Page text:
CfP: Migration and Human Security: the migrants’ perspective

EISA 9th Pan-European Conference on International Relations 2015- Giardini Naxos (Italy), 23rd – 26th September 2015

Section 25: International Migration and International Security: From the Securitization of Migration to Making Migration Secure for People?

The link between migration and (in)security has been much studied in international relations and political science, particularly from the perspective of the securitisation agenda. Political, policy and media discourses often present migration as a threat to national sovereignty and state security. More generally migrants are often presented as a threat to the economic, social and cultural well – being of host populations, in turn generating feelings of insecurity which have the potential to undermine relationships between settled populations and new arrivals. Many of these policies and debates make assumptions about the motivations, expectations and aspirations of migrants yet rarely include their perspectives or voices. By focusing on the individual, rather than the state, the notion of human security provides an opportunity to broaden our understanding of the economic, social and political challenges associated with migration, from the place of origin, to transit, arrival and (re)settlement in a new location. The decision to migrate can be understood as a strategy for countering human insecurities (both real and perceived) but it is also associated with insecurities of its own: during the journey, in countries of settlement and for those left behind. This panel will explore these experiences and what they tell us about the relationship between migration and human security drawing, in particular, on the voices and perspectives of migrants themselves.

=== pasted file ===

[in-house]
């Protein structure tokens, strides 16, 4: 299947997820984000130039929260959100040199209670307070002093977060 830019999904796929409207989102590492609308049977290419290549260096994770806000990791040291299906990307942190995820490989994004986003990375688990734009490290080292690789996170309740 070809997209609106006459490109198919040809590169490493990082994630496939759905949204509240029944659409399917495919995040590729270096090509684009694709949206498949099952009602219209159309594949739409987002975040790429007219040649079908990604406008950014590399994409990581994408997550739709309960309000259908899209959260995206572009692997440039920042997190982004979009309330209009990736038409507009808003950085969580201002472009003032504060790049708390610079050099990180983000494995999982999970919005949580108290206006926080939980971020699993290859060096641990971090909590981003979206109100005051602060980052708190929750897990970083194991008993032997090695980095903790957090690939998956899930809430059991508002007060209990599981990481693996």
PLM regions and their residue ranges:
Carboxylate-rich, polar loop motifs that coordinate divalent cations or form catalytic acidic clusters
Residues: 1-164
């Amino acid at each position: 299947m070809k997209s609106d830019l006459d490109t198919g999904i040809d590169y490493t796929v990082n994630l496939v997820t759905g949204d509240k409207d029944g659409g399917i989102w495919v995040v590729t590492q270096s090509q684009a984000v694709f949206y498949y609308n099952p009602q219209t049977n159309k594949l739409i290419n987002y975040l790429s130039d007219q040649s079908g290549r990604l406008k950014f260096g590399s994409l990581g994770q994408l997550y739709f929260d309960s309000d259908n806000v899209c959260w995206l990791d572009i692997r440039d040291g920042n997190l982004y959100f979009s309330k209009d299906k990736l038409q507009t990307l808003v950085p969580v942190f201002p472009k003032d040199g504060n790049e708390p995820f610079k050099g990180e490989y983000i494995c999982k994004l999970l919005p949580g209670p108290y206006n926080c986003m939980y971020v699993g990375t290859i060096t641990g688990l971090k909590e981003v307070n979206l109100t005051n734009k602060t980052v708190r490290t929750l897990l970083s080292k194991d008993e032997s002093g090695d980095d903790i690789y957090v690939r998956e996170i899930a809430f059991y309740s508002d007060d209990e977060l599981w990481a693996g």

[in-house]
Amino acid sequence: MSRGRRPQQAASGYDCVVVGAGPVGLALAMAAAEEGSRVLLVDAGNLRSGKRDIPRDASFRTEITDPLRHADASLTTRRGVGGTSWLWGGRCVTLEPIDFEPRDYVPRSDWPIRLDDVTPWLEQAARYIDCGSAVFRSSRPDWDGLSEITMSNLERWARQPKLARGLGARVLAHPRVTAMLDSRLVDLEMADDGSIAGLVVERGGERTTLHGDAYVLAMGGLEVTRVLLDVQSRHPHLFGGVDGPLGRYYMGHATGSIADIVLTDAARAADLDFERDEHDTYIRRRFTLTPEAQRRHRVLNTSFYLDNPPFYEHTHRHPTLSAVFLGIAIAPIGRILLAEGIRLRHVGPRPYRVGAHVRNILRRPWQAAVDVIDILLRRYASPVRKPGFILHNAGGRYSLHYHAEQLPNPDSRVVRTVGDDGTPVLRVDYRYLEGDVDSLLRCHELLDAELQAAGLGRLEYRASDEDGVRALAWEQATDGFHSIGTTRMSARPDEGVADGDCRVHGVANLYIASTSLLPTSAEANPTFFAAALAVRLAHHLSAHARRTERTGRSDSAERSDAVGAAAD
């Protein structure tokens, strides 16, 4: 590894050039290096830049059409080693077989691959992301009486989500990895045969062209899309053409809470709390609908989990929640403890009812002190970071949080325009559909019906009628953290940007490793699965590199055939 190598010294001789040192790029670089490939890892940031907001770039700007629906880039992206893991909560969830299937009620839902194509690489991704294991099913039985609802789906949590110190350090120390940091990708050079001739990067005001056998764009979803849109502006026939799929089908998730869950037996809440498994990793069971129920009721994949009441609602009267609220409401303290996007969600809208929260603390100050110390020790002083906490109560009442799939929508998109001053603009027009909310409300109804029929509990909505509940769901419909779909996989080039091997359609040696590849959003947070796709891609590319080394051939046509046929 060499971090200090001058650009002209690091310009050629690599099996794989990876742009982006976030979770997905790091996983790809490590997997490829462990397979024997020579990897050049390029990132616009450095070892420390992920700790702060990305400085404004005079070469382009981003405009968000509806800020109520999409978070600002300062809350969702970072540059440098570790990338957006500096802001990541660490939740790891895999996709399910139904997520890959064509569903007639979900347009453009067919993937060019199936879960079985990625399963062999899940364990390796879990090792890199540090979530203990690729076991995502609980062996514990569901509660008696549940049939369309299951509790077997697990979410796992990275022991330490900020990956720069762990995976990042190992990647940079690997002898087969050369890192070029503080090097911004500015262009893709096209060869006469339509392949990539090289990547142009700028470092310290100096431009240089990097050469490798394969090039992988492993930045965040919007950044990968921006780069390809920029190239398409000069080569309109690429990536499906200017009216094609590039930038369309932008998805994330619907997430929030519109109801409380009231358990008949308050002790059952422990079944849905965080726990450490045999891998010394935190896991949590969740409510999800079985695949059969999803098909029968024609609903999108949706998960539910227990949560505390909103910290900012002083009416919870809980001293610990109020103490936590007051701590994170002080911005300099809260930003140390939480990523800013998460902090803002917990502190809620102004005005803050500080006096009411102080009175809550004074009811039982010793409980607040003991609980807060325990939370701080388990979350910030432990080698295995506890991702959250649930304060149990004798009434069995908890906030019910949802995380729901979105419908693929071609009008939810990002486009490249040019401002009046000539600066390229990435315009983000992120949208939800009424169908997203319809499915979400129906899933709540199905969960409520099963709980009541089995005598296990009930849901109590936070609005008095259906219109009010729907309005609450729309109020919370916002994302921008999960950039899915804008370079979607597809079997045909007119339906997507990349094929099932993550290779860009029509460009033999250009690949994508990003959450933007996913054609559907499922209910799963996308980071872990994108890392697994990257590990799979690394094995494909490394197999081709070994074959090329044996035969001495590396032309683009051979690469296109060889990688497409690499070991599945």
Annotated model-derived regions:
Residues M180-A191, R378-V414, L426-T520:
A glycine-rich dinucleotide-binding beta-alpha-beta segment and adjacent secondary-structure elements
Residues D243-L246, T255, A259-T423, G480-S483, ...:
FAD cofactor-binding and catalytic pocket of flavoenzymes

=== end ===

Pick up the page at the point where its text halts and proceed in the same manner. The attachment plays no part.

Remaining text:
This panel invites contributions from scholars and practitioners from different disciplinary backgrounds to explore the relationship between migration and the human security of migrants. Through a focus on migrant perspectives, the panel will provide new insights into the ways that migrants negotiate and adapt to the social, political and economic security challenges and opportunities faced during the migratory process. These challenges and opportunities may include (but are not restricted to):

– Violence and poverty as drivers of migration

– Security threats to people in places of origin, along the migration route or in host societies

– Relationships between people in the places to which migrants move (including actual and perceived conflicts over resources, identity, space)

– The impact of political and policy narratives which associate migration and migrants with a threat to human security

– The political, economic and physical security challenges that shape people’s lives in the place of arrival

– The strategies adopted by migrants to access and mobilise resources in order to overcome challenges to their security

We welcome proposals for papers on any of these themes. The panel will be chaired by Professor Heaven Crawley (Coventry University). Please send abstracts of up to 200 words and your name, organisation and contact details to Dr Simon McMahon at<>.

Deadline for abstract submission: 9th January 2015

EISA deadline for panel submission: 15th January 2015